up their prayers and their alms for the promotion of a

work in which they cannot engage in person. What a

little thing it seems to give alms, or to offer prayers;

and yet if we could follow those alms and those prayers

throughout their ministry in earth and heaven, we

should see every penny stamped with the image and

superscription of Christ ; and every prayer borne up

by Angels to the one great Mediator Who is at the

right hand of the Throne of God. How thankful then

ought we to be that our Church recommends a solemn

offertory in which our prayers and our alms may go up

together as a memorial before God ; prayers spoken

out of the abundance of the heart ; alms offered up in

the name of Christ. We do not give because we are

moved by present excitement, we give in the fulfilment

of a great and constant duty ; we shall not give at the

Church doors, and retire, like the ostrich that lays her

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eggs in the sand, and leave our gifts unblessed. Wedo not send our gifts merely to be counted at the table

of the money-changers, but we shall lay them humbly

and reverently on the table of the Lord. Why are

those banners hung up in this house of God, but because

they were once consecrated to the God of battles, and

blessed in the name of the Lord of Sabaoth ? Muchmore, your alms offerings, which will go forth to-day to

support the Soldiers of the Cross, must be consecrated

and blessed in the name of the Lord. We shall not

give our alms to-day that our names may be recorded

in subscription lists, or read out with applause at

public meetings, but in the spirit of Bartholomew,

adding our contributions to the general bank of the

Church, without any record left behind to tell what

we have given or what we have done.

Especially when we regard the object for which our

alms are given, we shall see how needful it is that they

should be accompanied with prayer and blessing. For,

half of the alms which we offer up this day will go to

the Society for Promoting Christian Knowledge, the

oldest Missionary Society of the Church of England,

which sends the Bible and the Prayer Book into every

village in this country, and has sent out a version of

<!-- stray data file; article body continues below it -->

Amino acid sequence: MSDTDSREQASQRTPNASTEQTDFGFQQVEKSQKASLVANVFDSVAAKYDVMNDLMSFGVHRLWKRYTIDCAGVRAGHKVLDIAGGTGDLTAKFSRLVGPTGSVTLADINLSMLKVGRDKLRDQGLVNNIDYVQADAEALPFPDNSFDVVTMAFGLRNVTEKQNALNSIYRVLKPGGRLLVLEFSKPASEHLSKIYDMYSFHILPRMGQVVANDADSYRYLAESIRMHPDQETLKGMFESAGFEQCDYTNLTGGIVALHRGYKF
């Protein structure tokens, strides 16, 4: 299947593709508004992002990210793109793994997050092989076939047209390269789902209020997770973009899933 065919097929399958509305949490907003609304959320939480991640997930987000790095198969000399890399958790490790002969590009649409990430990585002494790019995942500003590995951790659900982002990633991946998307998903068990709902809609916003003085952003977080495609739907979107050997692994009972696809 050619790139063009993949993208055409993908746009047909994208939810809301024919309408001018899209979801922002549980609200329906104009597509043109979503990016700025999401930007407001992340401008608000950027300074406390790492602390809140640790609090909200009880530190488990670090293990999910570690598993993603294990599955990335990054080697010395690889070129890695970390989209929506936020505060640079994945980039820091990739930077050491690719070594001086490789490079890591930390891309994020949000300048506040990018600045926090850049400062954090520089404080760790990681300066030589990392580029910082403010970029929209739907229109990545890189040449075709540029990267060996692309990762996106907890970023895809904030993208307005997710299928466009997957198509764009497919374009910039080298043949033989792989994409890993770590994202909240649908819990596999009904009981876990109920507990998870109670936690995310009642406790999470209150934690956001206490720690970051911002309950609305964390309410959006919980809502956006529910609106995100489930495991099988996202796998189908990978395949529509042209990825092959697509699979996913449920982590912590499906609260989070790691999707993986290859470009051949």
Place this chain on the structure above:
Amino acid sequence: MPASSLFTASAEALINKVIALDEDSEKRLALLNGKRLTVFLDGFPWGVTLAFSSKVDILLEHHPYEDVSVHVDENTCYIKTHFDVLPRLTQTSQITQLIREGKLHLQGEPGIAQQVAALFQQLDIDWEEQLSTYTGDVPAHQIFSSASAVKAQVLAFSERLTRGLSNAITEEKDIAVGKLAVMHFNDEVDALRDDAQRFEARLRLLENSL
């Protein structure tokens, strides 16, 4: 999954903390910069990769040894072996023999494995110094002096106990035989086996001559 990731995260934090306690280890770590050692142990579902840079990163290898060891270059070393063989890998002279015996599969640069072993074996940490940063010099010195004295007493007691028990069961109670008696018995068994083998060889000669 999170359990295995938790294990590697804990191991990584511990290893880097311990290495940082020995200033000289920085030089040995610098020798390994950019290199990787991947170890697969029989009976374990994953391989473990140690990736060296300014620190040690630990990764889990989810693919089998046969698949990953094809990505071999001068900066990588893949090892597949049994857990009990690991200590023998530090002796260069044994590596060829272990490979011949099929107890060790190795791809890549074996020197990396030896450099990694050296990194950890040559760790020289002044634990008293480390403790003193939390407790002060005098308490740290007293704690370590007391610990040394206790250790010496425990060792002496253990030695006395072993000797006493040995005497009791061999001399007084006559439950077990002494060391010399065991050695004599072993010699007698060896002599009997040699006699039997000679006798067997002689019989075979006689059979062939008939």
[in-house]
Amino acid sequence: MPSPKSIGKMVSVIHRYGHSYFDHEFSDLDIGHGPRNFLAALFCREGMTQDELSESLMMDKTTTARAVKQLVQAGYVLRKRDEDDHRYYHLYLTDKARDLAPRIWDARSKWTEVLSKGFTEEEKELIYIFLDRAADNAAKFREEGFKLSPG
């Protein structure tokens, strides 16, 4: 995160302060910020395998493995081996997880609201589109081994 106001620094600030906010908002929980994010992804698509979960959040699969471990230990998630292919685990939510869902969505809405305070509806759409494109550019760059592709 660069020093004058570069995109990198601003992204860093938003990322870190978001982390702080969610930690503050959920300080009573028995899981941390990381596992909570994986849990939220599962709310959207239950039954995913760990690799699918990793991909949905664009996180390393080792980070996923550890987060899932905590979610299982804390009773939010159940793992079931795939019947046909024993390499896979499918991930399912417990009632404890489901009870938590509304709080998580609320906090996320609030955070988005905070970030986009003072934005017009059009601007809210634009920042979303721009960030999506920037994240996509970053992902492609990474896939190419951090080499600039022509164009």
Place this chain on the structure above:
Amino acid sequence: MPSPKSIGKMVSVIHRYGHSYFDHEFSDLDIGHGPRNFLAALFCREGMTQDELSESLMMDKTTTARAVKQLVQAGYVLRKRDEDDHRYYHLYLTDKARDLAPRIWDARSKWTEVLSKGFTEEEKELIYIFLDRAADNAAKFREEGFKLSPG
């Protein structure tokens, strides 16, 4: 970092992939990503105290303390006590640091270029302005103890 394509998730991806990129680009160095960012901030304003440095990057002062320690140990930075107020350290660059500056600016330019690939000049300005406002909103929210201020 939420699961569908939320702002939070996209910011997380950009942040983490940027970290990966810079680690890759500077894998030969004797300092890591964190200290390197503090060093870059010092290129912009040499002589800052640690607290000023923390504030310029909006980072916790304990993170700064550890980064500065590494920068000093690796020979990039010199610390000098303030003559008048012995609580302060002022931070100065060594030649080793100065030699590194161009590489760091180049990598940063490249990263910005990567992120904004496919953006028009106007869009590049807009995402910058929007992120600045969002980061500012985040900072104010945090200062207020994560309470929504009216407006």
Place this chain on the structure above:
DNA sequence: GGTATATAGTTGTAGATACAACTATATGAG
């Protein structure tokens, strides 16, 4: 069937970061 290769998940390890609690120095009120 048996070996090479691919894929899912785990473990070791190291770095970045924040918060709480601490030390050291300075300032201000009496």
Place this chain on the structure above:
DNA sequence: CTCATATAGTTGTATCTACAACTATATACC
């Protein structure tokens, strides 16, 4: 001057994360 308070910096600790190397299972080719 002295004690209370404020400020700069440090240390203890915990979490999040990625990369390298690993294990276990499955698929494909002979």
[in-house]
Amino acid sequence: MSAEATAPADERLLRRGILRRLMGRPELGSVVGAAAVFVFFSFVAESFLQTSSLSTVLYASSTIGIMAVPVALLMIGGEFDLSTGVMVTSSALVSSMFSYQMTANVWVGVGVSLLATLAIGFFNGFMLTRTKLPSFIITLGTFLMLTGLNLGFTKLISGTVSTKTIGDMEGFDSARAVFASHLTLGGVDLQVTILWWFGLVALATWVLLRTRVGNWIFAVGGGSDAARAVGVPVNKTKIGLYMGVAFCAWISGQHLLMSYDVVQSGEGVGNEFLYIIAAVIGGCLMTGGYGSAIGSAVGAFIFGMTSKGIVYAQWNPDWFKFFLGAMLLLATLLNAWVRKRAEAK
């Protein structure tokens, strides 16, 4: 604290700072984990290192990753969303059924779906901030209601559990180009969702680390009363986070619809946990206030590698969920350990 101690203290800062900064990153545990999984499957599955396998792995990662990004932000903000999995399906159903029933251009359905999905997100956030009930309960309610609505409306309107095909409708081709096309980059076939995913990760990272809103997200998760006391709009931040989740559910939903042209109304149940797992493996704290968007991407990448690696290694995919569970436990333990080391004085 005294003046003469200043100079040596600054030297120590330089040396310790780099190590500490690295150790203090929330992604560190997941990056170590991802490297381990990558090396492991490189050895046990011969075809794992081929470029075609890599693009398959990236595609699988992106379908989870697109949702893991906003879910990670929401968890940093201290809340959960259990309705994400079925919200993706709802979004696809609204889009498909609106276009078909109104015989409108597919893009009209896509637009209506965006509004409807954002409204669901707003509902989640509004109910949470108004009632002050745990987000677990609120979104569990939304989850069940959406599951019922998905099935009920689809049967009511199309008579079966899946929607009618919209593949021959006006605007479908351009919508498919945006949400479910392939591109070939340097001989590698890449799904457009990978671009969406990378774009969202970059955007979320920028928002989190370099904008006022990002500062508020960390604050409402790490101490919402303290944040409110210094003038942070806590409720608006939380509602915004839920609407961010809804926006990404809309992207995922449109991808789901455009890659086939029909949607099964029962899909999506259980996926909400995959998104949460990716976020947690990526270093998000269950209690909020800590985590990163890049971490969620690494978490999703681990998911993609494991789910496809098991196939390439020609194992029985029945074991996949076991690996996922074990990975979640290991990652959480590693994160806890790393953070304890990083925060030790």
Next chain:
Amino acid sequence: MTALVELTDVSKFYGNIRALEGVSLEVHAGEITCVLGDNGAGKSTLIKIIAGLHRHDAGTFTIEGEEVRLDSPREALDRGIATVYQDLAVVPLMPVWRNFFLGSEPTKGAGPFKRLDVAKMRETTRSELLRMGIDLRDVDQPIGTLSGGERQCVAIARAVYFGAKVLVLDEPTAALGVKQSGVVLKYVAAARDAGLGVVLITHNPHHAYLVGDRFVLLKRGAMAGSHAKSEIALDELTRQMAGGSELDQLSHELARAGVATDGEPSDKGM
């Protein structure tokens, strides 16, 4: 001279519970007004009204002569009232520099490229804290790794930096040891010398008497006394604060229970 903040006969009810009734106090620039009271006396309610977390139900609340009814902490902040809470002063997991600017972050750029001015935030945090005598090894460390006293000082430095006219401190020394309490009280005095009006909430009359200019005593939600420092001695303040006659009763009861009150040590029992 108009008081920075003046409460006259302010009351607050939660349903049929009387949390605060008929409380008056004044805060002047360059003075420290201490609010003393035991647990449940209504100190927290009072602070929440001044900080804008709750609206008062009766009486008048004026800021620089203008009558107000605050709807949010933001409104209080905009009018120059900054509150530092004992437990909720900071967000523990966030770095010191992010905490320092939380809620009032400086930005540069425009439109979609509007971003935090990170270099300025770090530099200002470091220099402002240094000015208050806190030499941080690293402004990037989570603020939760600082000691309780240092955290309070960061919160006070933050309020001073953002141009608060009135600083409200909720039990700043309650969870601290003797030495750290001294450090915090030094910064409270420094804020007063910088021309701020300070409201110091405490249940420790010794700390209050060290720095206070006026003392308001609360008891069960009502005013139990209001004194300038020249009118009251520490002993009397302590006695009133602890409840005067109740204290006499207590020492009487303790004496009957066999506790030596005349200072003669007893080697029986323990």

the Prayer Book in the language of New Zealand

;

and the other half will go to the Society for the

Propagation of the Gospel, which now for a century

and a half has sent forth its missionaries to the Colonies

of the British Empire, and is recognized as the Parent

of the great Sister Church of the United States, and

of the 28 Dioceses of our Colonial Empire, and is now

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stretching forth its arms to India and China, and

Africa ; to the 500,000,000 of Heathens who live on

the confines of our Colonies. Every pound that is given

to-day will gain, I trust, its five or its ten pounds. I

pray you then to give in faith, strive to see in the coin

that is given the visible sign of great works of grace to

be accomplished in the name of Jesus Christ, and by

the power of His Spirit. Give as if yon could see your

gift entering in the form of a Bible into the cottage of

the poor, or teaching the child to pray in the words of

our Holy Mother the Church ; or as if you could see it

swelling and multiplying and bearing fruit an hundred-

fold, in countries which you will never visit, and among

people of unknown countenances and divers tongues.

They are now unknown, but you will see and know

those whom your prayers and your alms have brought to

Christ, in the day when we shall stand trembling yet

rejoicing, in the midst of that " great multitude which

no man can number, of all nations and kindreds, and

people, and tongues," who will be gathered at the last

dav before the Throne of God and of the Lamb.

James Bennett, Printer, Journal Office, Salisbury.

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^m^ j^